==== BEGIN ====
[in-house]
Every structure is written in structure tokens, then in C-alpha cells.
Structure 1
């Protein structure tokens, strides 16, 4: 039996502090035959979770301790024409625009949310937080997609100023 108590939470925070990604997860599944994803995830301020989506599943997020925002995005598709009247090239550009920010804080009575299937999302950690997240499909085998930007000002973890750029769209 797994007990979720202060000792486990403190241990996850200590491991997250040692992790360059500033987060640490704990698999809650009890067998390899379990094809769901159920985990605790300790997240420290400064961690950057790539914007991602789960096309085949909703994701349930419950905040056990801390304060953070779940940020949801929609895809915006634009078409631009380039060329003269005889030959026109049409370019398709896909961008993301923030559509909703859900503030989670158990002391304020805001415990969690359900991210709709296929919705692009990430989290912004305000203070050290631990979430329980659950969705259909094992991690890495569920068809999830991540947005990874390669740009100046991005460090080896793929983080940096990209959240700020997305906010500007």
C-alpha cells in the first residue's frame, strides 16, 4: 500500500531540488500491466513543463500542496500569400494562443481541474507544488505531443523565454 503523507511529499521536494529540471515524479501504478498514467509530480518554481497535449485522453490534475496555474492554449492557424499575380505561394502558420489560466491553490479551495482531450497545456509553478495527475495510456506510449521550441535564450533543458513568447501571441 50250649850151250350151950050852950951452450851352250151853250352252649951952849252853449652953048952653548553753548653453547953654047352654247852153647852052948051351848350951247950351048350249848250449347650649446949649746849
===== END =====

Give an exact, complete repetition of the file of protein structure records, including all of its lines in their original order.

[in-house]
Every structure is written in structure tokens, then in C-alpha cells.
Structure 1
């Protein structure tokens, strides 16, 4: 039996502090035959979770301790024409625009949310937080997609100023 108590939470925070990604997860599944994803995830301020989506599943997020925002995005598709009247090239550009920010804080009575299937999302950690997240499909085998930007000002973890750029769209 797994007990979720202060000792486990403190241990996850200590491991997250040692992790360059500033987060640490704990698999809650009890067998390899379990094809769901159920985990605790300790997240420290400064961690950057790539914007991602789960096309085949909703994701349930419950905040056990801390304060953070779940940020949801929609895809915006634009078409631009380039060329003269005889030959026109049409370019398709896909961008993301923030559509909703859900503030989670158990002391304020805001415990969690359900991210709709296929919705692009990430989290912004305000203070050290631990979430329980659950969705259909094992991690890495569920068809999830991540947005990874390669740009100046991005460090080896793929983080940096990209959240700020997305906010500007």
C-alpha cells in the first residue's frame, strides 16, 4: 500500500531540488500491466513543463500542496500569400494562443481541474507544488505531443523565454 503523507511529499521536494529540471515524479501504478498514467509530480518554481497535449485522453490534475496555474492554449492557424499575380505561394502558420489560466491553490479551495482531450497545456509553478495527475495510456506510449521550441535564450533543458513568447501571441 50250649850151250350151950050852950951452450851352250151853250352252649951952849252853449652953048952653548553753548653453547953654047352654247852153647852052948051351848350951247950351048350249848250449347650649446949649746849